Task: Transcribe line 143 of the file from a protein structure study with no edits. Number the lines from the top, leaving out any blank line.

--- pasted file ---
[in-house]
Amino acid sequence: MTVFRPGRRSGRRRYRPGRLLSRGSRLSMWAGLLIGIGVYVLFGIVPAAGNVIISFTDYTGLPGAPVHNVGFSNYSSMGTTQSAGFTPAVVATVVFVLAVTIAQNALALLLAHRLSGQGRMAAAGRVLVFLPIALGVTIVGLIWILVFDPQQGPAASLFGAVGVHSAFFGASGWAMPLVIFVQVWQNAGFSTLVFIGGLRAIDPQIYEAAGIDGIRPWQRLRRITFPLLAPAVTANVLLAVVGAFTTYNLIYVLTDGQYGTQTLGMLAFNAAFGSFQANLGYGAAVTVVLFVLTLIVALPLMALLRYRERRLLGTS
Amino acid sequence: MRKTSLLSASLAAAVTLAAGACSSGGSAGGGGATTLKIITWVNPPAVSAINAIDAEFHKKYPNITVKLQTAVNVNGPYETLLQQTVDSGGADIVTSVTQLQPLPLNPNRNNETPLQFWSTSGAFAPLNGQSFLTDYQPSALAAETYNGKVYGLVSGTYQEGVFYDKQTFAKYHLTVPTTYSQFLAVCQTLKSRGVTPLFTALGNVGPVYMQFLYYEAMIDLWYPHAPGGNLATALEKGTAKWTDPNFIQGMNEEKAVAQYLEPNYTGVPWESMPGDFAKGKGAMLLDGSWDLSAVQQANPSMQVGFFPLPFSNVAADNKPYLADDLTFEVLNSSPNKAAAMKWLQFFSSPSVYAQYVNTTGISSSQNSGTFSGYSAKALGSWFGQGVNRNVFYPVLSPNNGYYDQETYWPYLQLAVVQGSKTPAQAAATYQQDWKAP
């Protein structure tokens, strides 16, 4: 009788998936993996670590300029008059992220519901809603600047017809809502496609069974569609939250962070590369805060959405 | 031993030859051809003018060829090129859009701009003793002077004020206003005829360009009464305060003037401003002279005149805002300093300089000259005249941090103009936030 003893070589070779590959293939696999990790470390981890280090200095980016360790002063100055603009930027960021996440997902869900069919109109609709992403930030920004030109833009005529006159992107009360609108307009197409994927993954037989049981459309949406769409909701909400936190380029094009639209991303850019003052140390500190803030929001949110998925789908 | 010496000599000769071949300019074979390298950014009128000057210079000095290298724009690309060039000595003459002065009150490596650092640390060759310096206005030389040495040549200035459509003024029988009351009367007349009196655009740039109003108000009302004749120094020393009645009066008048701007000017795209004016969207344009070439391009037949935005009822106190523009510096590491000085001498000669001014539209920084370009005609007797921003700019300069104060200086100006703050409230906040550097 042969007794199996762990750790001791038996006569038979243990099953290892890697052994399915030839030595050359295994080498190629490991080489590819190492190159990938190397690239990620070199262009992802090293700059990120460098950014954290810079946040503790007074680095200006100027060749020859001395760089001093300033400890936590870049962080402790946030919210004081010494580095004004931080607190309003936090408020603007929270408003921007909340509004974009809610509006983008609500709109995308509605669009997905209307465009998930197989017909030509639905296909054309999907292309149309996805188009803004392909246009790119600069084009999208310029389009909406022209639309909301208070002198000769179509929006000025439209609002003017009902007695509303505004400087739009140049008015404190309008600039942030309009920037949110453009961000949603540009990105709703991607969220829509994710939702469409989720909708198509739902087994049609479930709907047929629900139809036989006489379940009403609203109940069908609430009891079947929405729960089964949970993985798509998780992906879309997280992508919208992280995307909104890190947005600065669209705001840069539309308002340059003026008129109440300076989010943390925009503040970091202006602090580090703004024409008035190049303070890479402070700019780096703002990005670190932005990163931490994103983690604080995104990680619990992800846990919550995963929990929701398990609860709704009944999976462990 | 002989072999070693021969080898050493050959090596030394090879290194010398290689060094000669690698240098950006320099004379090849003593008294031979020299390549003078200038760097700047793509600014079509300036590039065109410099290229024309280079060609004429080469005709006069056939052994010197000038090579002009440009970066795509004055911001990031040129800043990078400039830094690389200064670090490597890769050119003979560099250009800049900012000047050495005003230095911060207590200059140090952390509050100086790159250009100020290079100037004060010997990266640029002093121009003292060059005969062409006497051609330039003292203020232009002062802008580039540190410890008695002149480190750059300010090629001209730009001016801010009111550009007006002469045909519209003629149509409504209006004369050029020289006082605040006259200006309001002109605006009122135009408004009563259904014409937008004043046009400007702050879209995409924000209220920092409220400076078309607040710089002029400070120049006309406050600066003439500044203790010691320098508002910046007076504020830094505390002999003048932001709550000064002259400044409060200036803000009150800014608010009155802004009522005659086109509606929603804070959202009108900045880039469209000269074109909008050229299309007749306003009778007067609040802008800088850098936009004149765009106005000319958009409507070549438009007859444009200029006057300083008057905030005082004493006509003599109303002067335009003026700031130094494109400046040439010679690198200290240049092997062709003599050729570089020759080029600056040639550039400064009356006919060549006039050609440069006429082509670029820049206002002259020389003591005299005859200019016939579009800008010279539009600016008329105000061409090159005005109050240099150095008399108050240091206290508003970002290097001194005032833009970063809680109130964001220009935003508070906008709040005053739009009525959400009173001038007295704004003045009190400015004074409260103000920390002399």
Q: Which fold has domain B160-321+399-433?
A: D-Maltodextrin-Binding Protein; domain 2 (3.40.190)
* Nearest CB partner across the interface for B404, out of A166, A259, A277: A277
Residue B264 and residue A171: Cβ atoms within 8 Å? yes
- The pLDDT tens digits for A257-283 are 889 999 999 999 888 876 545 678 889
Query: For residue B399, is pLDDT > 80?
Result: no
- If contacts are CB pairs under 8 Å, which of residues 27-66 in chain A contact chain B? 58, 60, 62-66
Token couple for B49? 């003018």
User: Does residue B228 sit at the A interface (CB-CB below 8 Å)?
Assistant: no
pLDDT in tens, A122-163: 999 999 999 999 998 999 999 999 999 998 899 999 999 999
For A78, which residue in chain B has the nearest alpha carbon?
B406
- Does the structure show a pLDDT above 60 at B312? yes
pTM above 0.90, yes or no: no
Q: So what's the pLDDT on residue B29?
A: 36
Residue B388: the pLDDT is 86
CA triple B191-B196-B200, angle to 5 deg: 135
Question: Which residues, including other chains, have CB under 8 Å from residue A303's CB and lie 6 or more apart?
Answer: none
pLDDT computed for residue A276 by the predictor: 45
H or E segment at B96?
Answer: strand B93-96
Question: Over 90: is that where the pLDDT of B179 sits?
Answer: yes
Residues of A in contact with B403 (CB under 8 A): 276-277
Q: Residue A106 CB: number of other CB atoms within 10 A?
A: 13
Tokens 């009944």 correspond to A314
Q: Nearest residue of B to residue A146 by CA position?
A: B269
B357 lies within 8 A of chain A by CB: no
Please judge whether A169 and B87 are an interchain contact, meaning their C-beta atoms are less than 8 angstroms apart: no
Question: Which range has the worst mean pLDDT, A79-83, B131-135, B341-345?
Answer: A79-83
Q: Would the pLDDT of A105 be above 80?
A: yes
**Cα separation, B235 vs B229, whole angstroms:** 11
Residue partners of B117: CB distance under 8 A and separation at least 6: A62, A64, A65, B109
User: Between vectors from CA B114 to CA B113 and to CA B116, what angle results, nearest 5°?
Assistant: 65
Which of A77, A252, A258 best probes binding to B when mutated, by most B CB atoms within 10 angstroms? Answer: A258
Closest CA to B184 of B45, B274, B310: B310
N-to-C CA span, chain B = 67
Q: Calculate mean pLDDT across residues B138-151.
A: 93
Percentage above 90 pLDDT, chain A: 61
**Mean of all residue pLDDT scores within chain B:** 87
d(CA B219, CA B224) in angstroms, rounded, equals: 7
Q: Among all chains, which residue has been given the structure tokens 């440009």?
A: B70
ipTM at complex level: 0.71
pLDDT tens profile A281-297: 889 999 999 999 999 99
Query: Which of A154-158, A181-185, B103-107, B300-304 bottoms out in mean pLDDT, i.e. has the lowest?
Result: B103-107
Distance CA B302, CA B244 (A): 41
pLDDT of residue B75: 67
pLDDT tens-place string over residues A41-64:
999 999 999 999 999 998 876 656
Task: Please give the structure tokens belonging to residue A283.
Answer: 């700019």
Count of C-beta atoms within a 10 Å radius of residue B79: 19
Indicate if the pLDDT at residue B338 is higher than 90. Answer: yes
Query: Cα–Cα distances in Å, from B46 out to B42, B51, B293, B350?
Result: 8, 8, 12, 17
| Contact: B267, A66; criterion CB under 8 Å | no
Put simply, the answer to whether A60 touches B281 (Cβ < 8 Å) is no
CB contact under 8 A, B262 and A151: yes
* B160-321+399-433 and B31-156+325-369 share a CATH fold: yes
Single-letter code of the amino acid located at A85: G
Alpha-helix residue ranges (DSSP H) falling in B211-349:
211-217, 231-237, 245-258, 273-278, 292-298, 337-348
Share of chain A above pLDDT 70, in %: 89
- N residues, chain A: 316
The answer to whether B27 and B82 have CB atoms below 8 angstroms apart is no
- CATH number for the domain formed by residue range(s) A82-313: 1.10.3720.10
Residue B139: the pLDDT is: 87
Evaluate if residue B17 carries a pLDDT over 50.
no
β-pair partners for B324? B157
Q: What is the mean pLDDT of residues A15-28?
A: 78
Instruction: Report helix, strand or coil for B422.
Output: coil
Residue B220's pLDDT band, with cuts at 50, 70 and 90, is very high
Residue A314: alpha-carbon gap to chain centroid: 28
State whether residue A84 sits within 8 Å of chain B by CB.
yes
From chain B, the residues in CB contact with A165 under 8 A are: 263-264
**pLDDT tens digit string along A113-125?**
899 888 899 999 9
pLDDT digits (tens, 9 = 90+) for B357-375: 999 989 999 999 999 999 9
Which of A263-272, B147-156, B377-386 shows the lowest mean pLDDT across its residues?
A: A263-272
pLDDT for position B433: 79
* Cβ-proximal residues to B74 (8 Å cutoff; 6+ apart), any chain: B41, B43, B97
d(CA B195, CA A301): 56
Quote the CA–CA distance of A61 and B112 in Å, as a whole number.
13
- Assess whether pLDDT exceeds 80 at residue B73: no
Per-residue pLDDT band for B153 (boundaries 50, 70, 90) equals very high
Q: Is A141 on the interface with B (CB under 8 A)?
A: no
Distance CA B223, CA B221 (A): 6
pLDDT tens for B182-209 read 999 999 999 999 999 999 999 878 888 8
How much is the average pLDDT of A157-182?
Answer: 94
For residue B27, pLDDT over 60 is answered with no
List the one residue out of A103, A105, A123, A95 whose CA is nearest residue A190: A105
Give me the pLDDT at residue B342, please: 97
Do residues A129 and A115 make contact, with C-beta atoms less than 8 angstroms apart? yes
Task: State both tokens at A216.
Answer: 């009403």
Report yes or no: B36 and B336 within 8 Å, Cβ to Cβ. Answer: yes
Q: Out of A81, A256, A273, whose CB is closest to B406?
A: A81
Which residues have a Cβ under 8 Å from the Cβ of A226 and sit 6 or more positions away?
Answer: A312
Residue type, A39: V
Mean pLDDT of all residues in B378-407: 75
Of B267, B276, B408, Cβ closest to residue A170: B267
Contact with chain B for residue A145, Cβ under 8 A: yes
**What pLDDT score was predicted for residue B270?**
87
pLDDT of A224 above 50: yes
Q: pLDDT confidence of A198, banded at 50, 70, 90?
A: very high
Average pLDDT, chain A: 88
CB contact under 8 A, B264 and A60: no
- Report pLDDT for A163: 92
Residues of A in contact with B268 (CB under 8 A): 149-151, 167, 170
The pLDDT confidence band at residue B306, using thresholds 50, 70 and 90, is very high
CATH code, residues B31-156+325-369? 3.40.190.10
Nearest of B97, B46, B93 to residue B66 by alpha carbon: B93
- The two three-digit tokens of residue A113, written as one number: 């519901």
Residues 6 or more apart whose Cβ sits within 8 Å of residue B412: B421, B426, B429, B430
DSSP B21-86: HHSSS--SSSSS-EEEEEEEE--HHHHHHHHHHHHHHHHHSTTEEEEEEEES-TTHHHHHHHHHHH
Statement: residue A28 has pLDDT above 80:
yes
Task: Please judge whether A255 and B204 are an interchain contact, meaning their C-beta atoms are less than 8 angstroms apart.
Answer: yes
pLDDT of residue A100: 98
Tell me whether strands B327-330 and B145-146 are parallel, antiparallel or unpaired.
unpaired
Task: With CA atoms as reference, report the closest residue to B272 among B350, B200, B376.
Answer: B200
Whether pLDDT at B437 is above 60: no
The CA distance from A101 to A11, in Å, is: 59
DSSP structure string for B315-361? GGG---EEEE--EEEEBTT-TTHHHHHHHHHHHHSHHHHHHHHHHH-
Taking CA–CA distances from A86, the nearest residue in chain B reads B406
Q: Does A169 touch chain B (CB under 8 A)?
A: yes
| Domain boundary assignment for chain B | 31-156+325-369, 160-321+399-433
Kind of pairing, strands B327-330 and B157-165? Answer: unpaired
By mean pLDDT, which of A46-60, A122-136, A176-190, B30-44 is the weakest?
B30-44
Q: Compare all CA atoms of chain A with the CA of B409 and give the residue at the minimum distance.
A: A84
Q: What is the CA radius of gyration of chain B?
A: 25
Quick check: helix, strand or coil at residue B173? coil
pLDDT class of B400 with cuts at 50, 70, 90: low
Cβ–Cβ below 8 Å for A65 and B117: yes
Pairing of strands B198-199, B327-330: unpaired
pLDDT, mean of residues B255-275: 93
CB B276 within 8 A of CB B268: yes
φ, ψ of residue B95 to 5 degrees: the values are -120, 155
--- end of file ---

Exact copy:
DSSP B21-86: HHSSS--SSSSS-EEEEEEEE--HHHHHHHHHHHHHHHHHSTTEEEEEEEES-TTHHHHHHHHHHH